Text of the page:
What we'll be listening to, watching, and reading to sate our pop culture needs.
Decidedly non-rom-commy rom-coms, a one-two literary punch from Lauren Groff and Elena Ferrante, and the sweet soulful stylings of singer-songwriter Lizz Wright all add up to one damn fine weekend.
Leslye Headland, who broke female-buddy-movie stereotypes with her uber bitchy Bachelorette, is applying her sense of fringe to the rom-com, and it’s a winner. Alison Brie and Jason Sudeikis play Lainey and Jake, who lost their virginity to each other in college only to reconnect 12 years later at a meeting for sex and love addicts, determined to just be friends. A reworking of the eternal question that When Harry Met Sally posed 25 years ago, Sleeping With Other People is a completely contemporary take on the subject, and Brie and Sudeikis—along with their misadventures in sex, drugs, and kids’ birthday parties—are like extra-hilarious versions of real-life friends. Natasha Lyonne as Lainey’s smart-mouthed bestie is a bonus.
Marriage is at the heart of Lauren Groff’s lyrical third novel, specifically that of Lotto and Mathilde. The two Vassar seniors tie the knot in secret after a two-week courtship, and Fates and Furies follows the couple for more than the next two decades of life. But, as with all marriages, their relationship isn’t always as it seems, even to each other. Groff, who switches the novel’s structure halfway through, gives us a chance to see the union through both Lotto and Mathilde’s eyes, a beautifully nuanced retelling of the same relationship, one that reminds us that the monotonous can be magnificent.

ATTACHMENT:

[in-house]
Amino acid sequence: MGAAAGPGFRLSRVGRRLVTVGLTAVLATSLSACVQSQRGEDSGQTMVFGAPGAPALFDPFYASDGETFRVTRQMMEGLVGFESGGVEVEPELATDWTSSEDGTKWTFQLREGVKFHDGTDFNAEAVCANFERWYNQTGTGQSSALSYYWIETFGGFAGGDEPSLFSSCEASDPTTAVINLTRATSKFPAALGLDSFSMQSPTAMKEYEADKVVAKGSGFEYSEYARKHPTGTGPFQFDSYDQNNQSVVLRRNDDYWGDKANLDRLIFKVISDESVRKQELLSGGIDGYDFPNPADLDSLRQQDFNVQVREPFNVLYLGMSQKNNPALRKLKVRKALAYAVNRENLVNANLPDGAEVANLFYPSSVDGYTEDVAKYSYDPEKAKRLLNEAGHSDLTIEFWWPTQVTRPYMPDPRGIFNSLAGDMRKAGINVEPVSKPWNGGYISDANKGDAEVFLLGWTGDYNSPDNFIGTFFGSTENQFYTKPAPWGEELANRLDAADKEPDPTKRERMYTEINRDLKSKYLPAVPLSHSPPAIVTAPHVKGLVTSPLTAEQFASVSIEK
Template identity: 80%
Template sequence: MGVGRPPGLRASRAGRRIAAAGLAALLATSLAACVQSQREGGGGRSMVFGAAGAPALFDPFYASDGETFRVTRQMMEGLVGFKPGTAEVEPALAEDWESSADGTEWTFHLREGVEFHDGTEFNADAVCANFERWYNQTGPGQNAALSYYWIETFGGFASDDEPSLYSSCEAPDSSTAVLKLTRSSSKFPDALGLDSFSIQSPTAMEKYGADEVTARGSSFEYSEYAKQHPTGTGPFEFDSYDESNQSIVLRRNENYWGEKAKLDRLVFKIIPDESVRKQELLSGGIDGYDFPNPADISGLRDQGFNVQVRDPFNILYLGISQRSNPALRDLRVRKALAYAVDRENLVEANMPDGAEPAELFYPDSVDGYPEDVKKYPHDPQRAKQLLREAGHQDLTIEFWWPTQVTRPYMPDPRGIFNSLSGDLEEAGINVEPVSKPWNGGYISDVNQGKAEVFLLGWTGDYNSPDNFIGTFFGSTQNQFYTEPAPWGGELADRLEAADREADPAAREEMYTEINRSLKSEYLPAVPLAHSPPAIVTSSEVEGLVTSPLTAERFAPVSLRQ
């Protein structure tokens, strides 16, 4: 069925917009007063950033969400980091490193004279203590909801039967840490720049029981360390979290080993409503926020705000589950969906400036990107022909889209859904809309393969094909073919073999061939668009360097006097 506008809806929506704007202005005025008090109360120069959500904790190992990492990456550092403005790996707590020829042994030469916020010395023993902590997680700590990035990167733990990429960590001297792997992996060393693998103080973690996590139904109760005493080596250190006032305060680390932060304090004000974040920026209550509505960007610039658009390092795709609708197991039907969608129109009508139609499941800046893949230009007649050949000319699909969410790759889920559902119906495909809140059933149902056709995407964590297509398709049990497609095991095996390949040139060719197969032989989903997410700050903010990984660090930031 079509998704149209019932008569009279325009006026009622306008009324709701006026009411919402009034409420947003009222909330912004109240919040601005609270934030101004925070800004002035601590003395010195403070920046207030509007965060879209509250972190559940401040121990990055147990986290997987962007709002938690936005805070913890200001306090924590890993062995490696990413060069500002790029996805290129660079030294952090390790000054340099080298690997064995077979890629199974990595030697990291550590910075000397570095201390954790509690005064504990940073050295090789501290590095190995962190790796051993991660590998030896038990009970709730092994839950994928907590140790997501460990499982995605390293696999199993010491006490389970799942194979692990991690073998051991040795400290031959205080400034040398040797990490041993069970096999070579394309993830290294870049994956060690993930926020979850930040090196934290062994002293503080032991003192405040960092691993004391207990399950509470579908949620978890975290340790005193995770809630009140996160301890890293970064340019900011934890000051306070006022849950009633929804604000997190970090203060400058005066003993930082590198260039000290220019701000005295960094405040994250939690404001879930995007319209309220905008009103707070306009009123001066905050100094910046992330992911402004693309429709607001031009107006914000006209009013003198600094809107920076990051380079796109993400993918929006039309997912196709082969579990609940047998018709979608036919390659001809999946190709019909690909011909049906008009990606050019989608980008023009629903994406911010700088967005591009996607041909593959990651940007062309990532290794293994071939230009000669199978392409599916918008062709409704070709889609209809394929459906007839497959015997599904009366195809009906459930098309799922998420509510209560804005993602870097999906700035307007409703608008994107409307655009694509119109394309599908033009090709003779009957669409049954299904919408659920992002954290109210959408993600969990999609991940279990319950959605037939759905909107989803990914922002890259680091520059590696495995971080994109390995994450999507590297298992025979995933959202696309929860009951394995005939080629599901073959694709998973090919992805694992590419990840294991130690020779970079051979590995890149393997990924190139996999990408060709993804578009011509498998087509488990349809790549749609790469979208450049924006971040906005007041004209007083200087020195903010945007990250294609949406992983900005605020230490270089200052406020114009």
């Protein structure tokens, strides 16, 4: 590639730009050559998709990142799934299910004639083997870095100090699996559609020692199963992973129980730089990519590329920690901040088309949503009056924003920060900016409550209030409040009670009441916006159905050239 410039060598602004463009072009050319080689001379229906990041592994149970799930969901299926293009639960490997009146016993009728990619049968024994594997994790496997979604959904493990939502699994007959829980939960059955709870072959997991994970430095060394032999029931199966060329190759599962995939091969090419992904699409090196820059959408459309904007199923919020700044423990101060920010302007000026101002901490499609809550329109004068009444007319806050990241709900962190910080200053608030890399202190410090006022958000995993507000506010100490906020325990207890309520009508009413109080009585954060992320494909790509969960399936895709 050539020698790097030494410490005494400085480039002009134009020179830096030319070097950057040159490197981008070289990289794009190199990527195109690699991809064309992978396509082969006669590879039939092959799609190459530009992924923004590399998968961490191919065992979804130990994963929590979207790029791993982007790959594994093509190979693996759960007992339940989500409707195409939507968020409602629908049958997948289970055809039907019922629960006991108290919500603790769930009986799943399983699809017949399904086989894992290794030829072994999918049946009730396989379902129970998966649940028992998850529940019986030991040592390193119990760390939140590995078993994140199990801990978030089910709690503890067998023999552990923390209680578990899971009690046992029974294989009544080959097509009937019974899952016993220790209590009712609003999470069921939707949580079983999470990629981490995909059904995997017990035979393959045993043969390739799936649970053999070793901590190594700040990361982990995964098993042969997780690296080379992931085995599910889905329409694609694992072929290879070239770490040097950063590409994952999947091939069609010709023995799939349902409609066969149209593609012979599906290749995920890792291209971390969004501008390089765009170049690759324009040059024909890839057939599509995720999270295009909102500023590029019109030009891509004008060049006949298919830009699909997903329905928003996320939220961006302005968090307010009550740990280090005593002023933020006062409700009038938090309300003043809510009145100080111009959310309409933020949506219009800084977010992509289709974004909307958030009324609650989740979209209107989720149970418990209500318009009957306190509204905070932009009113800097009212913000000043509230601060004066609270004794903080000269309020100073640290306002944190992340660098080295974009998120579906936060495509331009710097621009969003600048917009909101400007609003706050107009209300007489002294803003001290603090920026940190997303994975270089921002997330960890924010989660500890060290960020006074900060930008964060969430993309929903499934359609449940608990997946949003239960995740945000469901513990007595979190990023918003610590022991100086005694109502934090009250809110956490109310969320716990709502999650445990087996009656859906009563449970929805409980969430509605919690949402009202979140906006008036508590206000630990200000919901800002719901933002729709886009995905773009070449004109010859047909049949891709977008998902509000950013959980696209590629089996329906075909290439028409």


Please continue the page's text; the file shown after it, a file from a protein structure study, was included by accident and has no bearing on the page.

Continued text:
It’s been five years since Lizz Wright released her gospel-themed album Fellowship, but her latest, Freedom and Surrender, casts a wider net with elements of jazz, blues, folk, and soul. Her graceful voice ties the disparate genres together and breathes new life into two fantastic covers: Nick Drake’s “River Man” and the BeeGees’ “To Love Somebody.”
The second season of the show featuring our favorite malcontents premiered on Wednesday, and now is the perfect time to catch up or re-watch (no judgment). When last we saw Gretchen and Jimmy, they had just embarked on a somewhat forced journey of cohabitation, one that will most certainly play out in a darkly funny You’re the Worst sort of way. Plus, now that we know how rad Aya Cash (Gretchen) is in real life, we’ve doubled down on our dedication to this critical darling from FX.
The fourth and final installment in Elena Ferrante’s epic tale of friendship and community might be the most poignant yet. Over the last three novels (My Brilliant Friend, The Story of a New Name, and Those Who Leave and Those Who Stay), we’ve gotten to know Elena and Lila, two best friends who grew up in the wake of World War II, weathering the poverty and crime of their Naples neighborhood. The quartet follows the arc of their lives, through marriages, lovers, children, career successes, and deep, aching losses. In The Story of the Lost Child, Elena returns to the city she once tried so hard to escape, and she and Lila are entwined ever more deeply in one another’s lives and families, back together in the community where this intimate and complicated tale of friendship began.
It’s not just about the stories. Journalism is also about who is telling them.
Become a member at DAME today to help us support our independent, fearless reporting so we can continue to shine a light on the stories that need to be told, from perspectives that aren’t heard enough. Every dollar we receive from readers goes directly into funding our journalism. For less than one latte a month you can become a member today!
(And if you liked this article and just want to leave us tip of as little as $1.00 or make a one-time donation, you can do that here)
AN INDEPENDENT FREE PRESS HAS
NEVER BEEN MORE IMPORTANT.
Your financial support helps us continue to cover the policies, social issues, and cultural trends that matter, bringing the diversity of thought so needed in these times.